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Some stories are so timeless, so resonant, and so iconic that they deserve to be retold for every generation.
And then there’s Charles Dicken’s A Christmas Carol, which according to IMDB has nearly 200 adaptations. If you decide to watch one a day, it’s almost enough to see you through to next Christmas! And do I need to recap the story of A Christmas Carol? It’s so ubiquitous that the only people who don’t know it must have grown up under a rock. That’s the only explanation I’ll accept.
I wouldn’t call this over abundance of A Christmas Carol a bad thing, however, as each version manages to bring something unique and memorable to the original tale. Like with Peter Pan, there’s one for every generation – well okay, more like five, but you get the idea. It’s great to see people discussing which one they believe is best because there’s no shortage of fascinating takes out there (As for me, I find the best straight adaptation is the 1951 version with Alistair Sim, the best take with a twist is the Muppets one, and the best modern day/parody one is Scrooged). But of course we’re here today to talk about one particular adaptation many have grown up with. For some, it was even their very first exposure to A Christmas Carol. I should know. It was for me.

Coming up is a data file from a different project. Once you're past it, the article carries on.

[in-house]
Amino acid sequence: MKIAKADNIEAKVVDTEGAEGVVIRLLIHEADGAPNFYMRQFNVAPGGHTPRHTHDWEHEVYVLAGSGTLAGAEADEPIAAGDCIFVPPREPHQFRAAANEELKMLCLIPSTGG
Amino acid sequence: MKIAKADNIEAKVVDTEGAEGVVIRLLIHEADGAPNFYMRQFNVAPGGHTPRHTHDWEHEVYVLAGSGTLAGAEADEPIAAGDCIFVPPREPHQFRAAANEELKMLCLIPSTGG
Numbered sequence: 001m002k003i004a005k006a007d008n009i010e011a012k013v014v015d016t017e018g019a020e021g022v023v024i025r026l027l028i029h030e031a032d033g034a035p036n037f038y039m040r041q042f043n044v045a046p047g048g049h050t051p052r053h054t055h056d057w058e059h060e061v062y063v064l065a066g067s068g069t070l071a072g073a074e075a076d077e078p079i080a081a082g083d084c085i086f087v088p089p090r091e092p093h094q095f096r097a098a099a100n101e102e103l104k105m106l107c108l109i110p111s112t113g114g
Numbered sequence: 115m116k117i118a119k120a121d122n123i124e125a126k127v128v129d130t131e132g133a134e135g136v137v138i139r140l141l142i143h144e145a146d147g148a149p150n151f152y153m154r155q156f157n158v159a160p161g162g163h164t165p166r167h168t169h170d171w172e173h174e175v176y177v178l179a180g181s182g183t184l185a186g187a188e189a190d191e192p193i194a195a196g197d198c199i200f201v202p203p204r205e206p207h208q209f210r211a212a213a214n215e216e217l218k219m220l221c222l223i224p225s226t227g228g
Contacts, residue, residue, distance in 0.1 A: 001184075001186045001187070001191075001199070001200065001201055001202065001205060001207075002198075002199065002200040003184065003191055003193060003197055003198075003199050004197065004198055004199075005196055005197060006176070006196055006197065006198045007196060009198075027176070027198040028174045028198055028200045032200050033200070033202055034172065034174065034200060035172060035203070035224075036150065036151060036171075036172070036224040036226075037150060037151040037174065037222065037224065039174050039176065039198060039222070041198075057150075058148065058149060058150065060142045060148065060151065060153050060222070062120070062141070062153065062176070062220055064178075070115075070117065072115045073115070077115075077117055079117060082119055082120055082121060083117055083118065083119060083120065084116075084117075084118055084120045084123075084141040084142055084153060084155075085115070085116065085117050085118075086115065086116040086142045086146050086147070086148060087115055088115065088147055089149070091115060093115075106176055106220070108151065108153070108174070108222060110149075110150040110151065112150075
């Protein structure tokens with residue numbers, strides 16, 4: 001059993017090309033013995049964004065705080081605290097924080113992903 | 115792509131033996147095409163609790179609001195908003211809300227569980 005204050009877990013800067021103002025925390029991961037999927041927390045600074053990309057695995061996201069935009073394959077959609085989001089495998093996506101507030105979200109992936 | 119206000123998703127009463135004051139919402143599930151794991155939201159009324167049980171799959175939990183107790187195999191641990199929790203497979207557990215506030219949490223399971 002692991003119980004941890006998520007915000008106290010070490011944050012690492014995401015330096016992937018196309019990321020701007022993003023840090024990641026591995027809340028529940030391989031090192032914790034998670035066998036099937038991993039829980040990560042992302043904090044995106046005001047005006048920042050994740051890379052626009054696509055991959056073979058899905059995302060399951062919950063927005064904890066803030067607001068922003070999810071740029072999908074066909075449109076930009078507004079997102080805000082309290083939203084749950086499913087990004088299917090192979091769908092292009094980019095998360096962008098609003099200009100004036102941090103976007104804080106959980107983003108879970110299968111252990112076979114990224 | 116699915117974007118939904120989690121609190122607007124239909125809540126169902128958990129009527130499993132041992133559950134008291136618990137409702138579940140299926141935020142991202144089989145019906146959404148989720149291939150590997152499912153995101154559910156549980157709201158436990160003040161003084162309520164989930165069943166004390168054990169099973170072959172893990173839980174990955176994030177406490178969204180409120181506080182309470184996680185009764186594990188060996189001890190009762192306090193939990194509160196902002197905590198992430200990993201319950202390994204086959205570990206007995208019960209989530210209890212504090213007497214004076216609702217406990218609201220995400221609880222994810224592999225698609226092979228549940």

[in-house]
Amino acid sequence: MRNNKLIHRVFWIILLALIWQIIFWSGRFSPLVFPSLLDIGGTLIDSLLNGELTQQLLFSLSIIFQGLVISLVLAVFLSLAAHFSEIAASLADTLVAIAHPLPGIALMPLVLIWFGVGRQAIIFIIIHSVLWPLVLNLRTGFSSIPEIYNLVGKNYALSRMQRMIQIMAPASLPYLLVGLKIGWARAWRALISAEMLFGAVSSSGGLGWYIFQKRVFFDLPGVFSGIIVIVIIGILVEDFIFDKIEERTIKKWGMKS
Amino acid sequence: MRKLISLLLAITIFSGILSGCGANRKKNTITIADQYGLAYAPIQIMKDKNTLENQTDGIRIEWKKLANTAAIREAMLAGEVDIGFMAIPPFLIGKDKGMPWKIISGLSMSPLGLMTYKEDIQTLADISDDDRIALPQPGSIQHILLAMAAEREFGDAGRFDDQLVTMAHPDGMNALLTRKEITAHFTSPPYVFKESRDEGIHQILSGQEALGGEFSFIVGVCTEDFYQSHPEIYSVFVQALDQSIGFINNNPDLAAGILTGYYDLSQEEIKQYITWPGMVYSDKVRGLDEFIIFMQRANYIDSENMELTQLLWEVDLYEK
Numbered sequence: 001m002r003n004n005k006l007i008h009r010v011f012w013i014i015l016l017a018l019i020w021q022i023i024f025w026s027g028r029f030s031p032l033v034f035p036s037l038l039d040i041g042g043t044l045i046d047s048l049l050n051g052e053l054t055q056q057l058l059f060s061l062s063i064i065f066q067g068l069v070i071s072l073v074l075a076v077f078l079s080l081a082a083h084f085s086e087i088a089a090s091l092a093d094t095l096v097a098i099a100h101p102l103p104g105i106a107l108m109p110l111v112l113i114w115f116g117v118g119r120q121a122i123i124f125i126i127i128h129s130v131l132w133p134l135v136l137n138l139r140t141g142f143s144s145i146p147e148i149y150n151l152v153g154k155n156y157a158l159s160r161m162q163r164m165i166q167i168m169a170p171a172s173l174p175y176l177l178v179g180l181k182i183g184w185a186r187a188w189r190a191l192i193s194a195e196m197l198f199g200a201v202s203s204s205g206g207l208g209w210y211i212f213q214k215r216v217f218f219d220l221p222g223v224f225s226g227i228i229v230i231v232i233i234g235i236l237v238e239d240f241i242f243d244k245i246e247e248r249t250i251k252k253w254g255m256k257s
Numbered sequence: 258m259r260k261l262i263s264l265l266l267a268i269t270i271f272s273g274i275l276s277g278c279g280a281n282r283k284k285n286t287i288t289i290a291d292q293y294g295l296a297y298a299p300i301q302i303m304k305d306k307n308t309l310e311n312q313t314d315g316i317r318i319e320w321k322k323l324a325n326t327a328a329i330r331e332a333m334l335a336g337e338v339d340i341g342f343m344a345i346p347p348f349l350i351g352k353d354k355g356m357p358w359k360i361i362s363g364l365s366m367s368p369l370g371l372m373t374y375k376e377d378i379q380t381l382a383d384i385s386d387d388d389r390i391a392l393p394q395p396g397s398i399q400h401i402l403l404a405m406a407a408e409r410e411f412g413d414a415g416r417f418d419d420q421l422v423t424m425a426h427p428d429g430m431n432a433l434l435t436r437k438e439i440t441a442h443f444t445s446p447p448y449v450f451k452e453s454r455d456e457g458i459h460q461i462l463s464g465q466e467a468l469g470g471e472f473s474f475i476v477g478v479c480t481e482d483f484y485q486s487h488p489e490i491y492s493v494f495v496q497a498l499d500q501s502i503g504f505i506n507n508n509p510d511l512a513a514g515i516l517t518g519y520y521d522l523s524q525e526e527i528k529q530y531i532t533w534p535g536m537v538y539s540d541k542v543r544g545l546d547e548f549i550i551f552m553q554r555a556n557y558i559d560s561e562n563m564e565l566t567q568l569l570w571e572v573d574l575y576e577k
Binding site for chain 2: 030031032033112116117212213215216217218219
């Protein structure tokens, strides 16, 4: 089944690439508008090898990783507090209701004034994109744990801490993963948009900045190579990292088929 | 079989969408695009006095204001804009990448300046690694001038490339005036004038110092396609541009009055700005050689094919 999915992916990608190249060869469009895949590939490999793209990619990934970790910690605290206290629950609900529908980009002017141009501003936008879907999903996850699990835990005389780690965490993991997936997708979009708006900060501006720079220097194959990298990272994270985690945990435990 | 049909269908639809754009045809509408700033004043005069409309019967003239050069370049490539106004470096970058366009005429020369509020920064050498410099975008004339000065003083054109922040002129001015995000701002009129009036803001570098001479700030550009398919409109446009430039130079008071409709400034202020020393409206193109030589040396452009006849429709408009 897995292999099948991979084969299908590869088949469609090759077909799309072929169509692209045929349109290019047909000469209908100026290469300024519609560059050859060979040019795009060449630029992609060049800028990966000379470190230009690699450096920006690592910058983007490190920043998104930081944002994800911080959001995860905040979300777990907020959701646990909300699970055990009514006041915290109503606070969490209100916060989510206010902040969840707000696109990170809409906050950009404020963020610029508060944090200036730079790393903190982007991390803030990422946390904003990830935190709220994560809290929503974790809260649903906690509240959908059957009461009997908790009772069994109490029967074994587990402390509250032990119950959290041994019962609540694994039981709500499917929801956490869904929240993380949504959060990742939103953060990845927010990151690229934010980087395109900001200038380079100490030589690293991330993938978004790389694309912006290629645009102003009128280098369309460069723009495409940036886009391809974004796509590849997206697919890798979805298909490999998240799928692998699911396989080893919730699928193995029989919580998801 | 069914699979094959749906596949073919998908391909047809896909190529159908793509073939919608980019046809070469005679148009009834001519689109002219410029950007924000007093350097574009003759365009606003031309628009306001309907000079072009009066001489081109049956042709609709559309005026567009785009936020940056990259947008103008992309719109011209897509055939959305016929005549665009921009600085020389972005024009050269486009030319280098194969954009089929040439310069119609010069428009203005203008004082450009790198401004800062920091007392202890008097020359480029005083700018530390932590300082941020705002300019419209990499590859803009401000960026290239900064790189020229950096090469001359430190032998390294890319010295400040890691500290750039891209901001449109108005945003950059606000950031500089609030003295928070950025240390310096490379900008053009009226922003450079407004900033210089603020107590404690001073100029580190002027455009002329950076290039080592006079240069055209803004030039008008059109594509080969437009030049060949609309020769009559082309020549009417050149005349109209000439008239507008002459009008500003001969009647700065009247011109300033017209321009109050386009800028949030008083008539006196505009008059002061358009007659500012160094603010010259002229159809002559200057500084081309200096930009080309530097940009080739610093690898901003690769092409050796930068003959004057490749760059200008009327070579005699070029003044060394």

Mickey’s Christmas Carol actually began as a read-along record album produced in the 70’s and narrated by Scrooge McDuck himself. There’s little differentiating it from its eventual animated counterpart, though the cast of holiday haunts is slightly altered – jolly old wizard Merlin from The Sword in the Stone is the Ghost of Christmas Past, and Snow White’s Wicked Witch takes an even more frightening turn as the Ghost of Christmas Future. In an attempt to revive Mickey Mouse’s waning popularity, it was decided that the story would be perfect fodder for a brand new short. It was originally supposed to premiere on television as a regular holiday special in 1982, but after an animators’ strike delayed production, the short was given a theatrical release one year later alongside a re-issue of The Rescuers. So yes, Mickey’s Christmas Carol was technically the Olaf’s Shoehorned Holiday Adventure of its time. I’m happy to say it earned a much more deserved positive reception, however, even gaining a Best Animated Short Oscar nomination.